Many Mac users were baffled over the weekend when their Mac‘s Ethernet ports stopped working. Thankfully, Apple swiftly published a support article about how to fix the problem. The culprit appears to be an update to OS X 10.11 El Capitan’s System Integrity Protection security feature, which accidentally disabled the kernel extension that manages the Ethernet port.
Apple pushed out a second update to the Incompatible Kernel Extension Configuration Data that should automatically fix the problem. But if the first update disabled your Ethernet port and prevented the second update from installing, follow these steps to determine your situation and fix it:
- Hold down the Option key and choose System Information from the Apple menu.
- In System Information’s sidebar, under Software, select Installations.
If the listings aren’t arranged in alphabetical order, click Software Name to sort them.
Look for Incompatible Kernel Extension Configuration Data. If the most recent version installed is 3.28.1, you have the troublesome version, and will need to force an update to 3.28.2. If you already have 3.28.2, as in the screenshot below, the kernel extension isn’t the culprit and you’ll have to try another troubleshooting method.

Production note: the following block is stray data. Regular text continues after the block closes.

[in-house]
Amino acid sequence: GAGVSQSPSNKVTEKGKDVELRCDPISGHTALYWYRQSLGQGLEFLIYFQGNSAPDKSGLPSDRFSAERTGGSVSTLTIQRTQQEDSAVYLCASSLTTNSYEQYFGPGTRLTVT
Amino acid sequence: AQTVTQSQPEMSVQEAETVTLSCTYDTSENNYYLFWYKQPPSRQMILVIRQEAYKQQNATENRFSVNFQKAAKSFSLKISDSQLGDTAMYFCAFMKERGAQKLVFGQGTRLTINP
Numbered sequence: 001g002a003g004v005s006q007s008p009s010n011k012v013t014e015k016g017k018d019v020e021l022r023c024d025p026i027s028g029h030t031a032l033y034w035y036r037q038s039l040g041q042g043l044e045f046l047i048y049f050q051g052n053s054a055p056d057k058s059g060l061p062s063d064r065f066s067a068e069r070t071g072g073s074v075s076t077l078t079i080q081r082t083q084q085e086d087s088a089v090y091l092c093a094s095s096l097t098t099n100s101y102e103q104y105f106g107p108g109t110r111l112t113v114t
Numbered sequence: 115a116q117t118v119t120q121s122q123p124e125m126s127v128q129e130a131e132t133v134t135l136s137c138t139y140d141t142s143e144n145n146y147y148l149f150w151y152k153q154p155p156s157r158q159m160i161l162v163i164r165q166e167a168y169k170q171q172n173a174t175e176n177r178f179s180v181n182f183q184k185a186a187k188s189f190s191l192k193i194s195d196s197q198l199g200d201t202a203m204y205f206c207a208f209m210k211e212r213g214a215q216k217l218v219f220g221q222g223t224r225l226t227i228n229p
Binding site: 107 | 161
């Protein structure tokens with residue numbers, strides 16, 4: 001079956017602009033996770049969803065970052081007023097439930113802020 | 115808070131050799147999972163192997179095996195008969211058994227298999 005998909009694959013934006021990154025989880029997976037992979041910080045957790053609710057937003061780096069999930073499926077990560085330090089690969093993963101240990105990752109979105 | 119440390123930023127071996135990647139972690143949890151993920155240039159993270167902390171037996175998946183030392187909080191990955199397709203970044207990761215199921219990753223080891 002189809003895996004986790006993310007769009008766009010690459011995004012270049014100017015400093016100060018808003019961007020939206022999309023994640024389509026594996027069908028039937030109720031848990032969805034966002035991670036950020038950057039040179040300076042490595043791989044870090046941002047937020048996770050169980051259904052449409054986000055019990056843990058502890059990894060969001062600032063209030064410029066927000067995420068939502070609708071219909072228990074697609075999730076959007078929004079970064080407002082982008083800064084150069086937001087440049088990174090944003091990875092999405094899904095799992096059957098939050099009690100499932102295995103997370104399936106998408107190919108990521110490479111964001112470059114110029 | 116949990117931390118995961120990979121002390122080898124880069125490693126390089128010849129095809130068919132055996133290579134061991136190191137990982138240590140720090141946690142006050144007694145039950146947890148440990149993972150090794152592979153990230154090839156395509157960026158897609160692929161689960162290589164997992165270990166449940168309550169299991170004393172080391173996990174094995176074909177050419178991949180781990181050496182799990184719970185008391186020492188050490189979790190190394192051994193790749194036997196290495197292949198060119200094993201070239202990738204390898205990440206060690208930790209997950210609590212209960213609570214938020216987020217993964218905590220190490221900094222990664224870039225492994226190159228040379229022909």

If you need to force an update to 3.28.2 and have a Wi-Fi connection, the fix is easy: Open Terminal in
/Applications/Utilities, type the following command, and press Return:
sudo softwareupdate --background
You may be prompted to enter your administrator password. After that, quit Terminal and restart your Mac to finish applying the fix.
If you can’t connect to Wi-Fi or don’t have a Wi-Fi network, then you unfortunately have a more involved process ahead of you, detailed in the aforementioned Apple support article.
We’re happy that Apple addressed this issue quickly, but we can’t say that the broken 3.28.1 update gives us warm and fuzzy feelings for the state of Apple’s software quality assurance.